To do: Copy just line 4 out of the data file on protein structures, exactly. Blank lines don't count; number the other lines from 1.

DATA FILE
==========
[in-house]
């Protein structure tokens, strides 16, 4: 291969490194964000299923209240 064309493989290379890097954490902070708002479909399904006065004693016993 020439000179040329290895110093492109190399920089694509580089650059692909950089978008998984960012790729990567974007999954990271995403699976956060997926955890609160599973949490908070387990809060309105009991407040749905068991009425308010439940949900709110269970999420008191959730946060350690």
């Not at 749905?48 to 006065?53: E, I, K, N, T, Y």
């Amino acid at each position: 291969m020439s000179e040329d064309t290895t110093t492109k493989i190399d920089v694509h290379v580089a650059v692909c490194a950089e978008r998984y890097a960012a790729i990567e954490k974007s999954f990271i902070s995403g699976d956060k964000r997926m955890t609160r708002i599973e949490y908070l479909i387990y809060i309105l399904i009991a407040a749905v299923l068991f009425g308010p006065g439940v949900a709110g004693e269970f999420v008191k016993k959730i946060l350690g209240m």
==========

């Amino acid at each position: 291969m020439s000179e040329d064309t290895t110093t492109k493989i190399d920089v694509h290379v580089a650059v692909c490194a950089e978008r998984y890097a960012a790729i990567e954490k974007s999954f990271i902070s995403g699976d956060k964000r997926m955890t609160r708002i599973e949490y908070l479909i387990y809060i309105l399904i009991a407040a749905v299923l068991f009425g308010p006065g439940v949900a709110g004693e269970f999420v008191k016993k959730i946060l350690g209240m």